Tuesday, November 30, 2010

My new school is a happenin' place

My new school, where I will begin teaching in just a few short weeks, just won a local human rights award for its outstanding efforts in parent outreach and inclusion. I am so excited to be a part of this!

You can read a short blurb about it here.

Sunday, November 21, 2010

Giving Thanks for my new JOB!

I have some good news to share with you. I interviewed for a position on Friday, and I was offered it over the weekend. I'm employed!

I will be a Pre-K teacher in Arlington Public Schools, part of what is known here as the Virginia Preschool Initiative, or VPI. This program, funded by the state lottery, offers a high-quality preschool experience to four-year-olds from low income families.

I start in January, just a couple of weeks after I graduate with a Masters in Early Childhood Education in mid-December. I'll teach in a public school just 3 1/2 miles from my home (it's the same school where I had the good fortune to do my internship). I already know and admire my new colleagues.

I'm just pinching myself. This is exactly the work I hoped to do. I am grateful down to the soles of my shoes that I get to have this opportunity, and that it starts so promptly after my graduation. No waiting! Step right up and start your new life!

So, this is how this story ends. I've been wondering for so long now....when I'm done with this degree, where will I teach? What will happen next? And now I know the answer. This story is ending, and another one, a really interesting one, is about to begin.

I have so much to be thankful for this Thanksgiving, even in addition to the great bounty of being with my family. Wishing you a peaceful Thanksgiving full of blessings!

Friday, November 19, 2010

I think he was talking about classroom management

"What you do
speaks so loud
that I cannot hear what you say."
~Ralph Waldo Emerson

Thursday, November 18, 2010

Serious Play

PLAY: the heart of an early childhood classroom. Vital to learning. Vital to childhood.

In a recent class project, I had the opportunity to defend play in a pre-K classroom to an adult who comes in the room and wants to know why the children are "just playing."

I'm glad you asked! My response:

When you describe the children as “just playing,” I feel you may be defining the word “play” as a time filler between sessions of “real learning” with a pencil and a worksheet. An alternate definition of play I offer is that play is a crucial process that contributes to learning throughout the life span, and motivates learning in addition to contributing to cognitive development (1). Simply put, play the most powerful and efficient way for children to learn and remember what they learned (2).
Serious benefits await children who engage in serious play. According to researchers Bodrova and Leong (3), play builds foundational skills and complex cognitive activities, such as memory, self-regulation, distancing and decontextualization, oral language abilities, symbolic generalization, successful school adjustment, and better social skills.
Children at play not only hone these cognitive abilities, but they also develop specific literacy, math, and social studies skills that connect directly with Virginia’s Foundation Blocks for Early Learning: Comprehensive Standards for Four-Year-Olds (4). As these standards astutely note, four-year-olds have serious work to do. But it can be accomplished with joy, enthusiasm, and engagement; in short, through play.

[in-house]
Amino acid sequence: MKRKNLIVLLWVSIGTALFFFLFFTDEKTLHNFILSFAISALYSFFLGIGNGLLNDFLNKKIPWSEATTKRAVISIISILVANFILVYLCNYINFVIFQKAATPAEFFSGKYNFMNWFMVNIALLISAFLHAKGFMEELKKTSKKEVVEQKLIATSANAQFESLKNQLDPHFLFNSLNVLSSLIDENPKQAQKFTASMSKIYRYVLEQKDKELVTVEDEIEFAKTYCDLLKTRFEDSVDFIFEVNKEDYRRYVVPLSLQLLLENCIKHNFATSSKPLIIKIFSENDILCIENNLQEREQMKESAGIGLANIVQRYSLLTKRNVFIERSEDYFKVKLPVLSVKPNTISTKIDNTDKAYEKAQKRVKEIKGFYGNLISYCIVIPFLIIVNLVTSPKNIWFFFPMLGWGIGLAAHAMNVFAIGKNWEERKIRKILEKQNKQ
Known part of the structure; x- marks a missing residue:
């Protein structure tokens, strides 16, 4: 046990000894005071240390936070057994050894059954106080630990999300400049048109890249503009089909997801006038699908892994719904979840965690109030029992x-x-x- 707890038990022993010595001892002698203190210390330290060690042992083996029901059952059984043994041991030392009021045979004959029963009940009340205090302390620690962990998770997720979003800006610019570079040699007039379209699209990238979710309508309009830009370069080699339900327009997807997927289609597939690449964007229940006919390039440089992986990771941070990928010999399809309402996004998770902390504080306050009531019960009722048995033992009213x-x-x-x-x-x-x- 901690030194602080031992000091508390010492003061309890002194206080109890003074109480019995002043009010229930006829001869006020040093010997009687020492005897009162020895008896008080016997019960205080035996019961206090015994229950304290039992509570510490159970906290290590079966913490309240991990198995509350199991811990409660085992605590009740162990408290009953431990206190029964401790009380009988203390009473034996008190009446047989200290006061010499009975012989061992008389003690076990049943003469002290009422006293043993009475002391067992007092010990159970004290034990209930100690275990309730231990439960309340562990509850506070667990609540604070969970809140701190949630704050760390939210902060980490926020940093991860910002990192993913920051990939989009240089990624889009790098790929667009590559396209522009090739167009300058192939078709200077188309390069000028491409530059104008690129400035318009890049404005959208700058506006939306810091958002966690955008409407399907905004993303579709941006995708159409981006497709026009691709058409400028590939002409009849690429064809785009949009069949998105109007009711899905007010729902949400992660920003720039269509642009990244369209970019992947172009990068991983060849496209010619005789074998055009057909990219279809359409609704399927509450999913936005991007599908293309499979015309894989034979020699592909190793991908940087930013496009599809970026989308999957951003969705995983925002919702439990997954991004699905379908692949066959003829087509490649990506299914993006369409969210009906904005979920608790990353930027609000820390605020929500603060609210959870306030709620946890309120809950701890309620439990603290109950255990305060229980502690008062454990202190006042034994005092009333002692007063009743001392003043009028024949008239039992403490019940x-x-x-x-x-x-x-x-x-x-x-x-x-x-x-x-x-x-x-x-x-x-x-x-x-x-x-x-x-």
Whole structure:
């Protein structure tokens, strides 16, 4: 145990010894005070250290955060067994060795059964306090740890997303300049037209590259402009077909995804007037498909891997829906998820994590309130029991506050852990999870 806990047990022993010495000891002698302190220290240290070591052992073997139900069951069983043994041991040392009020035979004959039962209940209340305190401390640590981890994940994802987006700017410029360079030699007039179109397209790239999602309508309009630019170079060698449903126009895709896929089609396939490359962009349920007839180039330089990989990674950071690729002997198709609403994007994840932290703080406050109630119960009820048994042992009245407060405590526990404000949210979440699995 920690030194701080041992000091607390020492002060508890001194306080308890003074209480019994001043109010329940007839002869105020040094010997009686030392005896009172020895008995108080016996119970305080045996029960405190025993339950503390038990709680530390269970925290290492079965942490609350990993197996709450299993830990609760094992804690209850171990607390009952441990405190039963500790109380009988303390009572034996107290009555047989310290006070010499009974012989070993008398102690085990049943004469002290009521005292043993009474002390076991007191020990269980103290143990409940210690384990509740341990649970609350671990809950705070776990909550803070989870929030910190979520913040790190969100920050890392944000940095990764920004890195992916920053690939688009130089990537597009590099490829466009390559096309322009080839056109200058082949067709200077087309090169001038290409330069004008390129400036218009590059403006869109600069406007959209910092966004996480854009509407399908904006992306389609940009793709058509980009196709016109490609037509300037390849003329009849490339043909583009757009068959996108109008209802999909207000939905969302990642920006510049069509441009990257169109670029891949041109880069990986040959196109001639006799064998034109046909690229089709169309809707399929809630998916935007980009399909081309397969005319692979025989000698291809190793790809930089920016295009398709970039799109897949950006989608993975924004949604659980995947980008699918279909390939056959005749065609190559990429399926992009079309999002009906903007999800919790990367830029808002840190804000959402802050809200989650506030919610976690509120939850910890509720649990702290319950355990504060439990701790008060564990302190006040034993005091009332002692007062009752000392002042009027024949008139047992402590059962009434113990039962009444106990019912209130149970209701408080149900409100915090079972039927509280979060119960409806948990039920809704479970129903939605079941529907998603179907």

I integrate play with standards through careful observation and documentation of the children’s self-directed play. When I observe recurring themes, I develop whole group and small group activities to deepen their base of knowledge, their understanding, and their mastery of skills. I organize my classroom so that every play activity builds literacy, number sense, social interaction, and information about the world around them. Their dramatic, constructive, and exploratory play is richly layered with the core standards. They are building the skills they need to excell in their school careers and in their lives.
Play is an even more important component of a young child’s school day than it was in the past, because the nature of children’s play at home has changed; that is, not all children come to my classroom knowing how to play, and I must teach them how. “Nowadays, young children spend less time playing with their peers and more time playing along, graduating from educational toys to video and computer games” (3). When I see children struggling to play cooperatively and constructively, I scaffold their abilities with well-placed play props, questions to get them thinking, and interventions when needed to help them develop these essential skills.

1. Myck-Wayne, J. (2010). “In Defense of Play: Beginning the Dialog About the Power of Play.” Journal of Young Exceptional Children, 2010, 13: 14.

2. Elkind, D. (2007). The Power of Play: Learning What Comes Naturally. Da Capo Press: Cambridge, MA.

3. Bodrova, E., and Leong, D.J. (2004). “Do Play and Foundational Skills Need to Compete for the Teacher’s Attention in an Early Childhood Classroom?” Spotlight on Young Children and Play. National Association for the Education of Young Children, Washington, D.C.

4. Viriginia Department of Education (2007). "Virginia’s Foundation Blocks for Early Learning: Comprehensive Standards for Four-Year-Olds." Retrieved on November 15, 2010 from www.earlychildhood.virginia.gov/documents/foundationblocks.pdf.

Tuesday, November 16, 2010

An Ending and Many Beginnings

I just came to the end of my 11-week long internship. It was dreadfully hard to say goodbye to the children! I know how lucky I was to be part of their lives for a while. I learned so much! My mind and my heart are full. Now I buckle down to a few more weeks of intense course work, and then I graduate in December! Almost there!